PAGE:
[Scene Roll: 3 & 5, no match]
Now, normally I’ll just play out the long trek through the desert, each hex on the map representing a scene. However, with The Fray, I can simply put together some numbers, then roll 4d6 to get the results I need. There’s a process that involves calculating the potency of both the actor and its target, so, for this scenario, it will be Sinclair’s Intellect vs. the number of spaces in the desert times five. In this case, 12 vs. 20. There’s a lot of other processes, but to make it simple, I’m doing 12 vs. 20.
[Fray Roll: 4]
Welp, they failed miserably. They take one step into the desert before some tragedy befalls them. Incident time. This is basically the random event part of the game, though a lot more controlled than the other random events, as the Turmoil helps guide the Incident along to more heavier consequences.
Incident: 12: Obstacle. (-3 to Turmoil for a result of -1)
Type: 7: The environment moves the plot tangentially.
Auguring: 552, 532, 332: Spoiling foreign rest.
The triple digit numbers were what the game calls “Trihex”. It’s akin to a D100, except it’s three d6’s acting as individual numbers. The problem it seems is that the desert heat is making it hard for our heroes to make it through. As such, I need to ask some Willpower checks.
[Roll: 1 and 18]
Both of them manage to succeed on their Willpower checks, powering through the desert and onto the next hex. The next Fray roll will deal with both Willpower and Intellect.
[Scene Roll: 3 & 4, no match]
[Fray Roll: 20]
And so they manage to venture forth through the desert undisturbed. The scene ends with one less Triumph point as things turn up their way.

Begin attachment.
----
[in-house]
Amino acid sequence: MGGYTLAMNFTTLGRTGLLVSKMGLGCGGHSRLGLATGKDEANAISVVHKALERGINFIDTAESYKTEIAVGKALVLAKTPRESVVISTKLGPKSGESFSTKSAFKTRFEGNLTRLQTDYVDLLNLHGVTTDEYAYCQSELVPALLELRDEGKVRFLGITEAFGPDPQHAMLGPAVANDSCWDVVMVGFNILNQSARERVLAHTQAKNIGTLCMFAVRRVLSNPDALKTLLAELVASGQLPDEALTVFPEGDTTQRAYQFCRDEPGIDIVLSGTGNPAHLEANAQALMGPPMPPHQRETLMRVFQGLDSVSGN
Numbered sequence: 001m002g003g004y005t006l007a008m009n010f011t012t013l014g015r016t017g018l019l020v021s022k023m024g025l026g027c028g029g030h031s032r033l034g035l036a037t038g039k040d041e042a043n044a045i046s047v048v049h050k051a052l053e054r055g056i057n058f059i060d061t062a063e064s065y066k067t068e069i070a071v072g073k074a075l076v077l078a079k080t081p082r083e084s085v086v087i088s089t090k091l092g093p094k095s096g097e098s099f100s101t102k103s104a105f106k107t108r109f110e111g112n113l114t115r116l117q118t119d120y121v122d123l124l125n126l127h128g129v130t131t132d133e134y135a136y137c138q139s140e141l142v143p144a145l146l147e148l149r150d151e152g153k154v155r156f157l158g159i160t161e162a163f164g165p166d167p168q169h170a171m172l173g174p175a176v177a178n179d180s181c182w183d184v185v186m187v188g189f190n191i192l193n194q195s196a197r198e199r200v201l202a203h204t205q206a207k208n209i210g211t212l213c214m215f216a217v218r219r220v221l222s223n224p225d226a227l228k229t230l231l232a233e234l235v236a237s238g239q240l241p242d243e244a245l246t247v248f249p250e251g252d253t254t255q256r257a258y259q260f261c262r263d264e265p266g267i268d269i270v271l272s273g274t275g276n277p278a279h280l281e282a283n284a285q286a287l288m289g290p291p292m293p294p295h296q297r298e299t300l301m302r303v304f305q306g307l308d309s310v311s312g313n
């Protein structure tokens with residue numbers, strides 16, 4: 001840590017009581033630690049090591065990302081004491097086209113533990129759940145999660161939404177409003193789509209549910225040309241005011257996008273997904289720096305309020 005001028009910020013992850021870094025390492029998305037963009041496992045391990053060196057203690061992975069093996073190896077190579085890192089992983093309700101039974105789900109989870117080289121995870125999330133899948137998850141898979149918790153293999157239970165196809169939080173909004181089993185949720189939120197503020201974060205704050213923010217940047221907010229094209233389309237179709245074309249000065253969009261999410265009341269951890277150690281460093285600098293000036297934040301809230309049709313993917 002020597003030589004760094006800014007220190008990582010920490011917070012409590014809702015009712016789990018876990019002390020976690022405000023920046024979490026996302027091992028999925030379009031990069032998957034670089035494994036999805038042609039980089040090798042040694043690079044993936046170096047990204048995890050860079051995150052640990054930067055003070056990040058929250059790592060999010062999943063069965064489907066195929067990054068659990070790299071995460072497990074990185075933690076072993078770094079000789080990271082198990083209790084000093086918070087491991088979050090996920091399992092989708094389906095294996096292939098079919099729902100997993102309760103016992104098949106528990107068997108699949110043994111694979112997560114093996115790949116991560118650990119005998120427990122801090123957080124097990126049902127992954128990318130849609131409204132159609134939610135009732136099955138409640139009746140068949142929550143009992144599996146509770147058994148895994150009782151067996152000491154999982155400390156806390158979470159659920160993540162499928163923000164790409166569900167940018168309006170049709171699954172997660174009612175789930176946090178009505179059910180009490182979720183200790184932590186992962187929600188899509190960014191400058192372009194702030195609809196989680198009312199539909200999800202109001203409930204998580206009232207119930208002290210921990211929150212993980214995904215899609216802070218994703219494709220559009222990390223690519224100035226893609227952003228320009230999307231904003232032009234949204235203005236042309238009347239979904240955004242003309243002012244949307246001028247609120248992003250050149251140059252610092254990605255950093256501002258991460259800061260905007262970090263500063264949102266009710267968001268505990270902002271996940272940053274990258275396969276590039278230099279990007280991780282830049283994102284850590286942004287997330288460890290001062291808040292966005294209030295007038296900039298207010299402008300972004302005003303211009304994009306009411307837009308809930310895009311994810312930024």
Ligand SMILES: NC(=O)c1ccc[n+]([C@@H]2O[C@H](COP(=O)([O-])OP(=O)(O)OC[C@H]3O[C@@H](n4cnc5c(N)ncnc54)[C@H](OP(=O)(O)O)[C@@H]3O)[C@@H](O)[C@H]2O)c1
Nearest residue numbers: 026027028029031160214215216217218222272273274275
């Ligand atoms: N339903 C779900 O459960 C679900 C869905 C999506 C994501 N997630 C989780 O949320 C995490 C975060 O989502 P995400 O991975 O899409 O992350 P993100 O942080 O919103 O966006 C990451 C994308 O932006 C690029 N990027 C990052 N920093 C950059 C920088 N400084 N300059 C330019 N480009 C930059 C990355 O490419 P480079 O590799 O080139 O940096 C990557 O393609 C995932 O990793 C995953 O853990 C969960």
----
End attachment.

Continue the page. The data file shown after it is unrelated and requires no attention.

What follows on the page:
[Scene Roll: 2 & 2]
At least until this happens.
Incident: 2: Progression. Turmoil does not change at all.
Type: 10: a supporting NPC appears, makes progress toward a goal, or attains a goal.
Auguring: 213, 222, 216: Collapsing critical comradeship.
Our heroes arrive at the mountain… Only to be greeted by an iron giant who has what looked to be a large club pointed right at them. He asks who they are and Sinclair introduces themselves as Sharp Swords & Sinister Spells, private eyes who investigate rumors for a quick buck. The giant calls himself Destrox, brave soldier of the Cogdroids who had unfortunately been blown off course in the battle. I’m gonna see if they can tell this guy had something to do with the disappearance of the dwarves. Because his Vocation (basically his “subclass”) is Detective, he gets a positive die, which basically means advantage… erm… disadvantage… Because he takes the lower result, but low is good in this case and… Ugh, let’s just roll!
[Intellect Roll: 4]
He realizes that this robot isn’t really a nice guy and so he alerts his friend about it. Fortunately, Sinclair is already on it and cast False Friendship. Destrox falls for the friendship and stands down. With the two easily coaxing a confession out of Destrox, they write down that he was indeed the one that made the dwarves… ahem… disappear. A job well done. And hey, while they’re on the way back, perhaps they can do something about that Huldra situation. Hell, they have a huge hulking robot, after all…
And that wraps this session up. I don’t think it will come as any surprise now that, throughout these past three games, I’ve decided to create one massive narrative. Namely, how I’m slowly putting together a party that will be featured in my next game, closing out this year’s Solo Gaming Appreciation Month with an Actual Play of Lamentations of the Flame Princess.